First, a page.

It might be the most wonderful time of the year, but Christmas can also be the most stressful. From buying presents to planning get-togethers, your never-ending to-do list keeps growing. But you know how important it is to stay safe no matter how much you have going on. Other Pennsylvania residents might not feel the same way, as you are more likely to encounter a distracted driver during the Christmas season than on an average day.
Since smartphones are very common, small enough to carry around and easily accessible, you might use your phone to organize your Christmas plans and write your gift shopping list. Sadly, smartphones have a very strong hold on some people, and it is difficult for them to put their phones away. For these drivers, it can be very hard to focus on the road. This does not excuse distracted driving behavior, so you should be aware of just how big this problem is.
Christmas is prime time for distracted drivers
TrueMotion used sensor data to monitor 3,000 drivers’ phone usage between Nov. 18, 2017 and Jan. 3, 2018. Starting on Thanksgiving and ending on New Year’s Eve, drivers use their phones far more frequently than during the rest of the year. On Christmas day, distracted driving levels are 33% higher than an average weekday, and 26% higher on New Year’s Eve.
Drivers are also more worried about getting to holiday events than they are about getting to work on time. Speeding goes up 44% on Christmas and 40% on New Year’s Day. If phones preoccupy drivers while they are also speeding, avoiding collisions might be impossible.
Talking is not much better than texting
Drivers have to take their eyes off the road to text, update social media or read emails. However, even drivers who acknowledge that these are dangerous behaviors might feel differently about talking on the phone. This is not the case. Dialing a phone raises the risk of causing a crash by a whopping 1,200%. Talking on a handheld phone increases that same risk by 220%.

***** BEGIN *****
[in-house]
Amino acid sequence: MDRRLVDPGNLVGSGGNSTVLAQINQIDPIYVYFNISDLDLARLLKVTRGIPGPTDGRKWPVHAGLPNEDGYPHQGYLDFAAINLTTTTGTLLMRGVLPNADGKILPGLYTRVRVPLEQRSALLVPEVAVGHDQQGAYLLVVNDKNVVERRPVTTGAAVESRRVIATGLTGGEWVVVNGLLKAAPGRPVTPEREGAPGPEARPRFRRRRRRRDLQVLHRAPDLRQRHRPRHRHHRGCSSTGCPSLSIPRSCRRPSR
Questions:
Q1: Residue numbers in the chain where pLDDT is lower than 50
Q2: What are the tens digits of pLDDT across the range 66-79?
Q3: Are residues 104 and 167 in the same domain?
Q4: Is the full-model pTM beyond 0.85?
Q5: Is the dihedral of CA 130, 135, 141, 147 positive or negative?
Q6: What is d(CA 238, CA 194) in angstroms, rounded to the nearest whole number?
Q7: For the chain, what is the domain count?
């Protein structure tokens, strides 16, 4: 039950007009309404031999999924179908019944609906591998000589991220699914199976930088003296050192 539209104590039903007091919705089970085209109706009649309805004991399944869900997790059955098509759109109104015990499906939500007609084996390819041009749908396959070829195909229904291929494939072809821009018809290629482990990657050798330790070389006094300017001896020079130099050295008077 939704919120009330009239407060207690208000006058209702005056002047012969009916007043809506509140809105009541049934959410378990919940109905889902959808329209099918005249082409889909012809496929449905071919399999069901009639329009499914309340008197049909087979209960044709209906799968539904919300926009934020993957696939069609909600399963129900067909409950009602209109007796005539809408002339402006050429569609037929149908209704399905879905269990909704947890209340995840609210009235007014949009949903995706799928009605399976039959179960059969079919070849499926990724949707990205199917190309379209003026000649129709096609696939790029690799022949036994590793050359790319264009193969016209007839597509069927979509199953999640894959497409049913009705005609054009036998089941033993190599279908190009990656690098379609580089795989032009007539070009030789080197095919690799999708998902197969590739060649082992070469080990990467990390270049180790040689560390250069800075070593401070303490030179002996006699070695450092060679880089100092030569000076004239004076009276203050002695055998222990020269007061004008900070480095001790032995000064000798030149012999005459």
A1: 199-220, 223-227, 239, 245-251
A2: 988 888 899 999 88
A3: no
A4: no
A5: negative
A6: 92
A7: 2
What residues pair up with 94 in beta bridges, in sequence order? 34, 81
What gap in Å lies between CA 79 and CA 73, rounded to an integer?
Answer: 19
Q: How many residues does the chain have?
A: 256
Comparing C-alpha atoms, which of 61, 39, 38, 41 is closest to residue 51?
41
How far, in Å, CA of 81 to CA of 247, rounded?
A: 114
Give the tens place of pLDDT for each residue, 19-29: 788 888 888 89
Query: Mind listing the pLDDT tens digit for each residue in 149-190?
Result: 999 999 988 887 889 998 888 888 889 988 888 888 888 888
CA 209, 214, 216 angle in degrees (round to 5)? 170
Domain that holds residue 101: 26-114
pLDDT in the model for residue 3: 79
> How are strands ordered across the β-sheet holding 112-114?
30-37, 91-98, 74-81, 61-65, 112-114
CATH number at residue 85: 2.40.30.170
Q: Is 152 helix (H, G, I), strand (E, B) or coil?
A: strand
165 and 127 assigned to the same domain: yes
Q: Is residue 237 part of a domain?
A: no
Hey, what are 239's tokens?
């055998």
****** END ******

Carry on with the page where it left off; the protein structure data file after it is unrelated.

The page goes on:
The same data from TrueMotion that shows drivers are more distracted at Christmas time also shows that they are talking on the phone less often. This includes both hands-free and handheld calls. In 2017, there was a 45% decrease in drivers making phone calls during the holidays. This might not paint a complete picture, though. Since distracted driving is still far more common during this time of the year, drivers may simply be replacing talking on the phone with other behaviors, such as texting.
Distracted drivers put everyone at risk
Laws and safety regulations are supposed to keep Pennsylvania drivers safe. You know this, so even though this is a busy time of year, you make sure that your phone and other distractions are not a problem. Not everyone is so courteous. Distracted drivers ultimately prioritize their own desires — such as texting friends that they are running late — over others’ safety.
There is never a good time to suffer a serious injury, but Christmas time is especially hard since you have to focus on your own recovery instead of the holiday. But you do not have to give up the joy of the holiday. When you decide to file a personal injury claim to hold a distracted driver responsible for his or her behavior, you may be able to better focus on both your recovery and enjoying time with your family. A Pennsylvania attorney can tell you more about this option.